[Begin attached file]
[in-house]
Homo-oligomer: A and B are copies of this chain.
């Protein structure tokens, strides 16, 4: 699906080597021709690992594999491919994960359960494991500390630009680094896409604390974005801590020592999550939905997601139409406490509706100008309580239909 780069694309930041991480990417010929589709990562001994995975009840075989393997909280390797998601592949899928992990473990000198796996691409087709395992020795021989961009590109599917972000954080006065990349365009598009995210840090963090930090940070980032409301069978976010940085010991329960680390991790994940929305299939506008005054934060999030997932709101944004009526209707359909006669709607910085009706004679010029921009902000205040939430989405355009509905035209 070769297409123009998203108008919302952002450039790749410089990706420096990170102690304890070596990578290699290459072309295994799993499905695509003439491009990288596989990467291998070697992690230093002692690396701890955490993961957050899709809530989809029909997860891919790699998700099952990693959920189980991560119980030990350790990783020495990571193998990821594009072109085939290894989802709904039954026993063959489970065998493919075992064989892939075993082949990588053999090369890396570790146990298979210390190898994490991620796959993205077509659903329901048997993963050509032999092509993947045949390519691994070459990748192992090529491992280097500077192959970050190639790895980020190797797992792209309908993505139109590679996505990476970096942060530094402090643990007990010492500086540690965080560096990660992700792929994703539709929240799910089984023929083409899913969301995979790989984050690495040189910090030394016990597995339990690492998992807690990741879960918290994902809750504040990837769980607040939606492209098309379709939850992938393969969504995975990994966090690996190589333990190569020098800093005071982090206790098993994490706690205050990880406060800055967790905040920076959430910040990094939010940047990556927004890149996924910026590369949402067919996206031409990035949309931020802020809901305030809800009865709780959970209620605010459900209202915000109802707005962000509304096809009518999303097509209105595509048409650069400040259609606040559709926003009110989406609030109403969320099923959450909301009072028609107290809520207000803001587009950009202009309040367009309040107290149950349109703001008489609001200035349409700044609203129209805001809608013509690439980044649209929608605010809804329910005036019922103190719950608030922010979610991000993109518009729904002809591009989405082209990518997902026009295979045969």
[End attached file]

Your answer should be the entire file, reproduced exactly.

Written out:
[in-house]
Homo-oligomer: A and B are copies of this chain.
């Protein structure tokens, strides 16, 4: 699906080597021709690992594999491919994960359960494991500390630009680094896409604390974005801590020592999550939905997601139409406490509706100008309580239909 780069694309930041991480990417010929589709990562001994995975009840075989393997909280390797998601592949899928992990473990000198796996691409087709395992020795021989961009590109599917972000954080006065990349365009598009995210840090963090930090940070980032409301069978976010940085010991329960680390991790994940929305299939506008005054934060999030997932709101944004009526209707359909006669709607910085009706004679010029921009902000205040939430989405355009509905035209 070769297409123009998203108008919302952002450039790749410089990706420096990170102690304890070596990578290699290459072309295994799993499905695509003439491009990288596989990467291998070697992690230093002692690396701890955490993961957050899709809530989809029909997860891919790699998700099952990693959920189980991560119980030990350790990783020495990571193998990821594009072109085939290894989802709904039954026993063959489970065998493919075992064989892939075993082949990588053999090369890396570790146990298979210390190898994490991620796959993205077509659903329901048997993963050509032999092509993947045949390519691994070459990748192992090529491992280097500077192959970050190639790895980020190797797992792209309908993505139109590679996505990476970096942060530094402090643990007990010492500086540690965080560096990660992700792929994703539709929240799910089984023929083409899913969301995979790989984050690495040189910090030394016990597995339990690492998992807690990741879960918290994902809750504040990837769980607040939606492209098309379709939850992938393969969504995975990994966090690996190589333990190569020098800093005071982090206790098993994490706690205050990880406060800055967790905040920076959430910040990094939010940047990556927004890149996924910026590369949402067919996206031409990035949309931020802020809901305030809800009865709780959970209620605010459900209202915000109802707005962000509304096809009518999303097509209105595509048409650069400040259609606040559709926003009110989406609030109403969320099923959450909301009072028609107290809520207000803001587009950009202009309040367009309040107290149950349109703001008489609001200035349409700044609203129209805001809608013509690439980044649209929608605010809804329910005036019922103190719950608030922010979610991000993109518009729904002809591009989405082209990518997902026009295979045969």